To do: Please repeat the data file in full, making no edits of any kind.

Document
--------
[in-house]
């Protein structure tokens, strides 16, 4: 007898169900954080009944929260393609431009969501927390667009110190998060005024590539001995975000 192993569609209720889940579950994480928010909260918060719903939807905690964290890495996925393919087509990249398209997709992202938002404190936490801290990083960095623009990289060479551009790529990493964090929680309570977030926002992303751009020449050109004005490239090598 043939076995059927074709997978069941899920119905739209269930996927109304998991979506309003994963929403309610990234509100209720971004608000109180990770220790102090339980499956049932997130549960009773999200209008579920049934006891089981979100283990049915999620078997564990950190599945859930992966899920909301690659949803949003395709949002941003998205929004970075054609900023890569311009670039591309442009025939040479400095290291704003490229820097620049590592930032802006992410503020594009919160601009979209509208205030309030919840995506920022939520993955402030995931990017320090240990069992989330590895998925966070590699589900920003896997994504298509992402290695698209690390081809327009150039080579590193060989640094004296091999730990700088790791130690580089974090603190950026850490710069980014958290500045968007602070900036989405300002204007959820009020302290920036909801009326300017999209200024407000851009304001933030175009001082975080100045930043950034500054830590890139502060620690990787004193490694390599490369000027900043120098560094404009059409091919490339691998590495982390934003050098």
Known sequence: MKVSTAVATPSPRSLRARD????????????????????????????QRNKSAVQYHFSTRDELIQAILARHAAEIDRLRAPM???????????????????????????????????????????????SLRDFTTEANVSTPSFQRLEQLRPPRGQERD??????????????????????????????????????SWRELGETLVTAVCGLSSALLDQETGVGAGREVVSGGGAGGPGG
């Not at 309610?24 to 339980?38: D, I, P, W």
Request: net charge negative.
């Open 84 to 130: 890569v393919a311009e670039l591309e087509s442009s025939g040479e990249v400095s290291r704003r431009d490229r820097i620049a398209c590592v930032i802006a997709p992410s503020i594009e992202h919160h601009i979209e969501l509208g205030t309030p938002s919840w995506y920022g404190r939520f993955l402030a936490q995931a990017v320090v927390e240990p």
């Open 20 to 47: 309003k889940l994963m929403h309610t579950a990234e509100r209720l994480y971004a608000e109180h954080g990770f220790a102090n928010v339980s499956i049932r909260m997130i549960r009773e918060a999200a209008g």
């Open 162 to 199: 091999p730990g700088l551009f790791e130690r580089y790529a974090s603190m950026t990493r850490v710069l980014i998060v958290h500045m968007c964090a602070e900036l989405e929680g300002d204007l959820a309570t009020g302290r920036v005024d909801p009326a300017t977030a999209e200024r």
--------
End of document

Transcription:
[in-house]
């Protein structure tokens, strides 16, 4: 007898169900954080009944929260393609431009969501927390667009110190998060005024590539001995975000 192993569609209720889940579950994480928010909260918060719903939807905690964290890495996925393919087509990249398209997709992202938002404190936490801290990083960095623009990289060479551009790529990493964090929680309570977030926002992303751009020449050109004005490239090598 043939076995059927074709997978069941899920119905739209269930996927109304998991979506309003994963929403309610990234509100209720971004608000109180990770220790102090339980499956049932997130549960009773999200209008579920049934006891089981979100283990049915999620078997564990950190599945859930992966899920909301690659949803949003395709949002941003998205929004970075054609900023890569311009670039591309442009025939040479400095290291704003490229820097620049590592930032802006992410503020594009919160601009979209509208205030309030919840995506920022939520993955402030995931990017320090240990069992989330590895998925966070590699589900920003896997994504298509992402290695698209690390081809327009150039080579590193060989640094004296091999730990700088790791130690580089974090603190950026850490710069980014958290500045968007602070900036989405300002204007959820009020302290920036909801009326300017999209200024407000851009304001933030175009001082975080100045930043950034500054830590890139502060620690990787004193490694390599490369000027900043120098560094404009059409091919490339691998590495982390934003050098």
Known sequence: MKVSTAVATPSPRSLRARD????????????????????????????QRNKSAVQYHFSTRDELIQAILARHAAEIDRLRAPM???????????????????????????????????????????????SLRDFTTEANVSTPSFQRLEQLRPPRGQERD??????????????????????????????????????SWRELGETLVTAVCGLSSALLDQETGVGAGREVVSGGGAGGPGG
């Not at 309610?24 to 339980?38: D, I, P, W």
Request: net charge negative.
């Open 84 to 130: 890569v393919a311009e670039l591309e087509s442009s025939g040479e990249v400095s290291r704003r431009d490229r820097i620049a398209c590592v930032i802006a997709p992410s503020i594009e992202h919160h601009i979209e969501l509208g205030t309030p938002s919840w995506y920022g404190r939520f993955l402030a936490q995931a990017v320090v927390e240990p």
């Open 20 to 47: 309003k889940l994963m929403h309610t579950a990234e509100r209720l994480y971004a608000e109180h954080g990770f220790a102090n928010v339980s499956i049932r909260m997130i549960r009773e918060a999200a209008g």
């Open 162 to 199: 091999p730990g700088l551009f790791e130690r580089y790529a974090s603190m950026t990493r850490v710069l980014i998060v958290h500045m968007c964090a602070e900036l989405e929680g300002d204007l959820a309570t009020g302290r920036v005024d909801p009326a300017t977030a999209e200024r």